A federal magistrate judge in Long Island has ruled that a former prosecutor representing herself in a wrongful termination case against Suffolk County, N.Y., does not deserve the usual latitude afforded pro se plaintiffs.
Eastern District of New York Magistrate Judge William D. Wall declined in part a motion to compel disclosure filed by plaintiff M. Cameron Kenny 10 months after the end of discovery and four weeks after she took over control of her own case.
"Incoming counsel is bound by the actions of his or her predecessor, and 'to hold otherwise would allow parties to create 'good cause' simply by switching counsel,'" Wall wrote in Kenny v. County of Suffolk, 05-CV-6112. "Here, the 'incoming counsel' is the plaintiff, who is herself a lawyer. As such, she cannot expect 'the special allowances [courts] sometimes make for pro se litigants.'"
Kenny worked as an assistant district attorney in Suffolk County from 1997 until 2005. She filed the present suit shortly after her dismissal, alleging intentional discrimination, unlawful termination and slander.
In her complaint, Kenny set forth numerous purported examples of "misogyny" and the "conflict between men and women" in the Suffolk County District Attorney's Office during her eight-year tenure. Men received better pay, earlier promotions and more prestigious assignments, she claimed.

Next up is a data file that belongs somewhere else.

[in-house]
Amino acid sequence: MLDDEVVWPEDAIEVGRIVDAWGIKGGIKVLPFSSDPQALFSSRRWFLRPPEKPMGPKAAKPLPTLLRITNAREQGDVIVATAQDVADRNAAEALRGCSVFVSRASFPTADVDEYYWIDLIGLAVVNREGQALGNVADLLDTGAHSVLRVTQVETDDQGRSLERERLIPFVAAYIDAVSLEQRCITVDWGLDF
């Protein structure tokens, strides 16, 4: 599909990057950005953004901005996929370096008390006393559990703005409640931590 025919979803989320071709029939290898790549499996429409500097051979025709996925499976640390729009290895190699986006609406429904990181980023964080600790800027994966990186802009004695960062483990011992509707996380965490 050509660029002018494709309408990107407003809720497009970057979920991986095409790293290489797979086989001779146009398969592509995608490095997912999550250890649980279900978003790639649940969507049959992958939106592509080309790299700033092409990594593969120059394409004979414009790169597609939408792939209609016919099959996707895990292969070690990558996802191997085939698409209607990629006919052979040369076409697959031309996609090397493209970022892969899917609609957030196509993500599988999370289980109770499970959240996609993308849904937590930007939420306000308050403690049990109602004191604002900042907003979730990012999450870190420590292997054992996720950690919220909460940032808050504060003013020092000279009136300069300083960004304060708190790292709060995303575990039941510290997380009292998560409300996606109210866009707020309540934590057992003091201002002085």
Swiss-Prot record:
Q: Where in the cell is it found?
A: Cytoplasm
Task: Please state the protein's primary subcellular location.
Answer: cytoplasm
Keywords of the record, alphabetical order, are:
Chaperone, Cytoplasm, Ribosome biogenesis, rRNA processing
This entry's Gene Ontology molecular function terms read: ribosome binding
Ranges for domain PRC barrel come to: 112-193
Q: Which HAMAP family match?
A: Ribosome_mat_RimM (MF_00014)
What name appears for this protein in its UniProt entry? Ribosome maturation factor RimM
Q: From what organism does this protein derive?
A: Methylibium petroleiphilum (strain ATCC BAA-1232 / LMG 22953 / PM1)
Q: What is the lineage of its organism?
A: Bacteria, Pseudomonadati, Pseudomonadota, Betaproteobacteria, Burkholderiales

"Overall, since taking office in January 2002, [District Attorney Thomas] Spota retained and/or promoted approximately 15 men in bureau chief and deputy chief positions. He also brought in approximately 10 men from outside the office to fill the balance of vacancies among the bureau chief positions," Kenny claimed. "Mr. Spota did not bring any women with him upon transition to fill any management vacancies, and, in the course of his three years in office, either demoted or fired several women."
Kenny claimed she earned $66,000 her final year, while the only remaining male member of her class made $82,000.
She also alleged that a fellow prosecutor made "lascivious comments" about "her bottom."
On Oct. 2, 2008, Eastern District Judge Arthur D. Spatt granted a motion to withdraw filed by Kenny's attorney, Vincent E. Bauer.
On Oct. 29, Kenny filed the present motion on her own behalf, seeking an order compelling production of three employee files, salary charts by gender and "all information relative to the D.O.J. investigation of this matter."
In a decision Nov. 17, Wall denied the motion as to the gender information and employee files.
"The court finds that the plaintiff had ample opportunity to pursue discovery regarding the gender and employee file issues and has not demonstrated an adequate basis for reopening that discovery now," he held. "However diligent Ms. Kenny herself might have been, she is bound by the litigation decisions of her former counsel and has not shown good cause for the long delay in seeking discovery."
The court did, however, order Suffolk County to turn over for in camera review any documents the county shared with the Justice Department pursuant to a "privacy agreement."
Kenny, who now lives in Butte, Mont., did not return a call for comment.
Mary Ellen Donnelly and Randi Brooke Feldheim of Putney, Twombly, Hall & Hirson represented Suffolk County. Donnelly could not be reached for comment.
A spokesman for Spota's office also did not return a call for comment.